How will use of cpu resources or storage needs translate into gas usage? Any charts or guides?

Is there anything that simply shows required gas for certain operations? For example, if I dimension a contract to pay for storage of 500GB of data for 10 yrs, how much gas would the storer(s) require and the counterpart to verify through the EVM? Or what return would I have (ETH) if I was going to offer X computational resource (cpu power, space, etc)? I've looked at the formulas in the yellow paper but this isn't clear.


  • StephanTualStephanTual London, EnglandMember, Moderator Posts: 1,282 mod
    Nothing that high level like this I'm afraid, but this excel spreadsheet is IMHO slightly easier to consult than the YP, albeit a tad outdated.
  • rzurrerrzurrer Member Posts: 2
    Thanks for the reply.

    If anyone wants to help me derive such a set of calculations, I would be willing to sponsor a prize (if multiple people are interested) or fee for the work (if only a single person/group is interested).

    It would be interesting to have a calculator for investors to dimension possible ROI scenarios considering a set of variables for resource allocation into something like storage or CPU power to support the network. It could be somewhat similar to the mining calculators people created for Bitcoin back in the day. Ping me on Skype - rzurrer if anyone is interested.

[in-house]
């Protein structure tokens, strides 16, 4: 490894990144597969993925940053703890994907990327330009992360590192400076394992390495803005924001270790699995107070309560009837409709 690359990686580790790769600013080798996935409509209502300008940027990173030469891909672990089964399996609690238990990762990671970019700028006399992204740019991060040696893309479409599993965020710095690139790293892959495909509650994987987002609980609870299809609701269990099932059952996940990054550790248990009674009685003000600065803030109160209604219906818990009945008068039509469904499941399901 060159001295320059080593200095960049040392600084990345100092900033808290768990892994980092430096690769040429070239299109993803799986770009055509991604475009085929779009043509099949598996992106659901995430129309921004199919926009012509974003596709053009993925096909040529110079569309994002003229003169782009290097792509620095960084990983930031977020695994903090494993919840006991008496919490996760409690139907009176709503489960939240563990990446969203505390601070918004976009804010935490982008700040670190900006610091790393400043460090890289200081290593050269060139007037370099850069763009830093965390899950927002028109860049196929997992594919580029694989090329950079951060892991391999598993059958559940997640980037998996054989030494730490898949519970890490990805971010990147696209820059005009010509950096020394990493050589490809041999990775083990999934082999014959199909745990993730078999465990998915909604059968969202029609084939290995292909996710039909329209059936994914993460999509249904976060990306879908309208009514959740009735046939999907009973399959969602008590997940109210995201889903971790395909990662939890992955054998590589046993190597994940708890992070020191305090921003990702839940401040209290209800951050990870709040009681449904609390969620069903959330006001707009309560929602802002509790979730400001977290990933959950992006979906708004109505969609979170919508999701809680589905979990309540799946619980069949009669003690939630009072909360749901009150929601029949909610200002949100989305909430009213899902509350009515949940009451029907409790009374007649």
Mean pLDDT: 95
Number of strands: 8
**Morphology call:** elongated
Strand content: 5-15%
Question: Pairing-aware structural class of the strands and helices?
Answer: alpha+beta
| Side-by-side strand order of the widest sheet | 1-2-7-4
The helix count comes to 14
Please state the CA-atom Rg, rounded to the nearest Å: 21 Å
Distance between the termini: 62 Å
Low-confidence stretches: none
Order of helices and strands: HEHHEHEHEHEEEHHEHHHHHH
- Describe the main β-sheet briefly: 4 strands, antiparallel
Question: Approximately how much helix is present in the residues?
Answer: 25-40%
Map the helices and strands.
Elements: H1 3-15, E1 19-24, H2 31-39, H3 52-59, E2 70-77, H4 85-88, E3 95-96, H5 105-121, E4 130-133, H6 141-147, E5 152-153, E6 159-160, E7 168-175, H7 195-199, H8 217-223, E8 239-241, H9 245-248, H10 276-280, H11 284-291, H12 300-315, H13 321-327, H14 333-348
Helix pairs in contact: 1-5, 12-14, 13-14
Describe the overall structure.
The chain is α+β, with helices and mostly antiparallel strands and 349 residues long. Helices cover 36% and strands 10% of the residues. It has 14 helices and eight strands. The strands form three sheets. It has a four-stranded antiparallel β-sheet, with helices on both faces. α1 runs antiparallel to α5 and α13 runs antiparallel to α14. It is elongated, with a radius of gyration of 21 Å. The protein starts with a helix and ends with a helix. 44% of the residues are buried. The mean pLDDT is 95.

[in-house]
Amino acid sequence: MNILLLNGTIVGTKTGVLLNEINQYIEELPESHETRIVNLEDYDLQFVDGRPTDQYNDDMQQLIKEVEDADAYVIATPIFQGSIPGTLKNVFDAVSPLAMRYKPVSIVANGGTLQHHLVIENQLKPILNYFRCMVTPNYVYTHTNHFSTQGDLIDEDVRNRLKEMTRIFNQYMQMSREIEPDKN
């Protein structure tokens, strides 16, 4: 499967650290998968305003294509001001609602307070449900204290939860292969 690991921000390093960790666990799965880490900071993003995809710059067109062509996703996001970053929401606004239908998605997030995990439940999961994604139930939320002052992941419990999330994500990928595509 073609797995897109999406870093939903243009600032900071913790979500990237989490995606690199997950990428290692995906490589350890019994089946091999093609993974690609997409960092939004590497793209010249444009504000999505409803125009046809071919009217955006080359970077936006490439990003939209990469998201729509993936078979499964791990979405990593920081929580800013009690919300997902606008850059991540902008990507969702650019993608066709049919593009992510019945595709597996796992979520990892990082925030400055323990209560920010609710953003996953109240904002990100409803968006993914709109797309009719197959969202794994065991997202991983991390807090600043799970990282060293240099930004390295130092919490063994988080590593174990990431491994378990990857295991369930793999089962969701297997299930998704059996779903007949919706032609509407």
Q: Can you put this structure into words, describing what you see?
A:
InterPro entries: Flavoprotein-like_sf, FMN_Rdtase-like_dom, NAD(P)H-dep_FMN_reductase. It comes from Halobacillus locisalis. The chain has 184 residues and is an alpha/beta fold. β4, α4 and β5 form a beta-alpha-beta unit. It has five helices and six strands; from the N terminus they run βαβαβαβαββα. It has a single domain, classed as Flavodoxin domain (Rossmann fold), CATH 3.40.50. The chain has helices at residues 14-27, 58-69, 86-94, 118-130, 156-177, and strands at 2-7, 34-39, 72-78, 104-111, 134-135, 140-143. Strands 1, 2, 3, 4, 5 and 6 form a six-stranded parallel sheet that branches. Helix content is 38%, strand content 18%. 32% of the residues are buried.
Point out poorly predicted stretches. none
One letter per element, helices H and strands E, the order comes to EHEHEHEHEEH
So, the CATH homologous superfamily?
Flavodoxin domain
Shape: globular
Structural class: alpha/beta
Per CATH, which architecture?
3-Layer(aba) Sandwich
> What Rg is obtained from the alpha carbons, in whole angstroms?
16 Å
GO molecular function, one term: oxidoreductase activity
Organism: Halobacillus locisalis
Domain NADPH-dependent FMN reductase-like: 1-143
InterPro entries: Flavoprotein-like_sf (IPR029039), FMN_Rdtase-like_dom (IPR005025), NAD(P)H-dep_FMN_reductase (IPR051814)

• tym4ttym4t Nagata-ku, Kobe-shi, Hyogo-ken, JapanMember Posts: 71 ✭✭✭
    Here's a good independent analysis that talks about this very question.
    There will inevitably be a number of under- and over-priced opcodes, for which their arbitrarily-assigned "gas" value is not representative of their true costs. For example, G_sha3, the cost of a basic SHA3 operation (before including input size), is currently set to be 10 times the cost of a basic one-cycle addition operation, despite being a vastly more complex operation that takes thousands of CPU cycles. SHA3 may be an underpriced opcode. Also, the actual processing cost of opcodes is unlikely to be identical for every miner or verifier. For example, some verifier's machines may contain a SHA-2 coprocessor.

    Contracts which use lots of underpriced opcodes may consume more actual CPU time than the miner had first predicted: a low gas_limit doesn't necessarily mean low CPU usage. Likewise, overpriced opcodes may yield more overall profit.

    Storage costs are particularly difficult to measure with the same units one uses for computation. Contract storage operations (G_sset) obligates the miner, and all verifiers, to store a word of data forever. There is a kind of refund mechanism that provides a weak incentive to free storage (R_sclear), but it is local to a single message, and is unlikely to effective in prompting contract authors to conserve storage space.
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